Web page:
Pompeo pushes back against North Korea’s ‘gangster-like’ criticism


TOKYO — Secretary of State Mike Pompeo shot back against North Korea on Sunday, saying the regime’s criticism that U.S. negotiators acted in a “gangster-like” way during his two-day visit to Pyongyang was unfounded.

“If those requests were gangster-like, the world is a gangster,” said Pompeo, noting that U.S. demands for North Korea to denuclearize were supported by a consensus at the U.N. Security Council.

The secretary of state also said that despite a critical statement released by North Korea’s Foreign Ministry on Saturday night, he thought the two sides had made progress during the meeting and that his North Korean counterpart, Kim Yong Chol, negotiated in “good faith” during the meeting.

Pompeo added that the U.S. and world powers would maintain economic sanctions against North Korea until full denuclearization was achieved.

America’s top diplomat was speaking in Tokyo, where he had met with the foreign ministers of Japan and South Korea as well as Japanese Prime Minister Shinzo Abe to discuss the progress made during his trip to North Korea. Pompeo had visited the isolated nation Friday in a bid to further a recent denuclearization agreement.

As Pompeo left the North Korean capital Saturday, he told reporters that the trip had been “productive” and that progress had been made on a number of issues.

However, the North Korean Foreign Ministry later released a lengthy statement that criticized the U.S. focus on nuclear weapons. “The U.S. side came up only with its unilateral and gangster-like demand for denuclearization,” the North Korean statement said.

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Pompeo downplayed North Korea’s criticism on Sunday, telling a reporter that Pyongyang did not have an issue with the idea of complete, verifiable and irreversible denuclearization — a term better known by its acronym, CVID — despite the North Korean Foreign Ministry singling out the phrase in its statement.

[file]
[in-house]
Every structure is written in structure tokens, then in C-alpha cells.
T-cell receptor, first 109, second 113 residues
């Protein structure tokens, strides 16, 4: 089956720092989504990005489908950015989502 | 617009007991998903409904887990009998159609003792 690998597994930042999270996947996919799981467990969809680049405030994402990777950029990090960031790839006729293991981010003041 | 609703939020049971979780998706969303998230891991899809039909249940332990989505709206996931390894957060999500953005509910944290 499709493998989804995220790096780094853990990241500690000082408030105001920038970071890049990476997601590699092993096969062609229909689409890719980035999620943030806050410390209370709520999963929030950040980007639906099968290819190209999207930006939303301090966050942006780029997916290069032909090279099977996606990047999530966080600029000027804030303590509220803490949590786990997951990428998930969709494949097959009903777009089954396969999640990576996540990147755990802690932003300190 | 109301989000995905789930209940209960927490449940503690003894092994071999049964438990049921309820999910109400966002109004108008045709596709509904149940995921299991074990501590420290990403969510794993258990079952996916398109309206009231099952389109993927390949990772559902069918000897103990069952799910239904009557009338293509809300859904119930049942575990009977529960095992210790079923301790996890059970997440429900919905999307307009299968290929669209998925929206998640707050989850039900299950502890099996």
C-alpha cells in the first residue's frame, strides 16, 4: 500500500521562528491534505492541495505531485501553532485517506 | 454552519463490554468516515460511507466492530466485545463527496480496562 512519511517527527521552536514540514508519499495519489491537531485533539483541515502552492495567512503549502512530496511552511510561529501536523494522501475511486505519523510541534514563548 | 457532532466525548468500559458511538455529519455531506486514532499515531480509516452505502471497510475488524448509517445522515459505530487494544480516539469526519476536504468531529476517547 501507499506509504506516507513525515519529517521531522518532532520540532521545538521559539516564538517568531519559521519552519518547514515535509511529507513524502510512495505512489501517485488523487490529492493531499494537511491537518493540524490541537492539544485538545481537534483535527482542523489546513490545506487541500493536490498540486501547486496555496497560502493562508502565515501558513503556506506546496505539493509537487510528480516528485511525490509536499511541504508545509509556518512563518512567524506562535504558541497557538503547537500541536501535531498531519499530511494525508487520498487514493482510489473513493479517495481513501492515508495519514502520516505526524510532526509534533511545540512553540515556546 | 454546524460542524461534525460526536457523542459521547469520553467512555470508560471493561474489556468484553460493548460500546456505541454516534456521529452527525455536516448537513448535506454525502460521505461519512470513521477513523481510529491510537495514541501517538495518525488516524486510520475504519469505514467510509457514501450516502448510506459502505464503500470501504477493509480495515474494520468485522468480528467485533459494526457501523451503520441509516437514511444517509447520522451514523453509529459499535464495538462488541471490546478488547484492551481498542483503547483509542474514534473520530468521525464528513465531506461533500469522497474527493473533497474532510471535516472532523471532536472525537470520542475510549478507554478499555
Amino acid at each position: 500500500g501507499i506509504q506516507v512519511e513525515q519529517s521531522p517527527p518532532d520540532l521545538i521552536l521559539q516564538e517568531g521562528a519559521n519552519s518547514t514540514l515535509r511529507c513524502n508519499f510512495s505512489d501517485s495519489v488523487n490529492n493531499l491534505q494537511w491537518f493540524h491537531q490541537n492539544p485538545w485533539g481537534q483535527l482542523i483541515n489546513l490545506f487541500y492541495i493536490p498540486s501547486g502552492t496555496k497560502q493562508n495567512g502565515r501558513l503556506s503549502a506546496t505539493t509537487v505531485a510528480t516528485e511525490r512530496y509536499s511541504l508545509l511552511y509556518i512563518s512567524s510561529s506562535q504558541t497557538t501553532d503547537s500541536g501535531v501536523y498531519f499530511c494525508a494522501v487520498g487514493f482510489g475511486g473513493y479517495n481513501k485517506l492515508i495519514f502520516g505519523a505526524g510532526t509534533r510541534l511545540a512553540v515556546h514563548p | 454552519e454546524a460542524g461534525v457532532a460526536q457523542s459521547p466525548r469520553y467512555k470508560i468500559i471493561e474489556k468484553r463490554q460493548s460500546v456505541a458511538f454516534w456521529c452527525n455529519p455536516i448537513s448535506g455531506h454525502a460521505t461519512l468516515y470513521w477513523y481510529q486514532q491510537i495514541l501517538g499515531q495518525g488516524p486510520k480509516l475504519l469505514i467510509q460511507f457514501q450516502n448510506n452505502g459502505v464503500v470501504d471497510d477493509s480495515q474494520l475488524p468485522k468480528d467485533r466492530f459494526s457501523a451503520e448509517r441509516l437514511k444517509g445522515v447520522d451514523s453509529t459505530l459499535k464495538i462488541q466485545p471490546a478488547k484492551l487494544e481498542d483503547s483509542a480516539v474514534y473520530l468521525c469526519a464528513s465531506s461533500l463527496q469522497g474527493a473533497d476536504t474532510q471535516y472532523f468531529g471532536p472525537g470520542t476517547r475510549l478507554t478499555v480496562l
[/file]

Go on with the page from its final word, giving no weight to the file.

“It’s a broad definition,” Pompeo said. “The North Koreans understand that and have not challenged that.” 

Pompeo also said that the United States was working to ensure the security assurances that the North Koreans need to continue with denuclearization. “The economic sanctions are a different kettle of fish altogether,” he said. “The world will see continued enforcement efforts by the United States in the days and weeks ahead.”

Japan’s Abe had praised Pompeo for his strong leadership on the issue after speaking with the Secretary of State Sunday. “This really shows the unwavering bond of the Japan-U.S. alliance,” Abe said.

In South Korea, where President Moon Jae-in has emerged as a key facilitator of U.S.-North Korea talks, the government also suggested it was taking a cautiously optimistic view of events.

“The U.S.-N.K. talks held in Pyongyang this time marked the first step in a journey towards denuclearization of the Korean Peninsula,” Kim Eui-keum, a presidential spokesman, told reporters Sunday. “As in our old saying: A journey of thousand miles begins with a single step. The start is the most important event in the whole process.”

Analysts said that North Korea’s statement was not unexpected but that there may indeed be a long way to go in U.S.-North Korea talks, as both sides were coming to the table with fundamentally different views of what they were bargaining with.

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“These stumbling blocks and tactics are normal,” said Duyeon Kim, a fellow at the Korean Peninsula Future Forum. “But Washington should not allow nuclear talks to be held hostage to peace talks or else there could be peace with a nuclear-armed North Korea indefinitely.”

Min Joo Kim contributed reporting.





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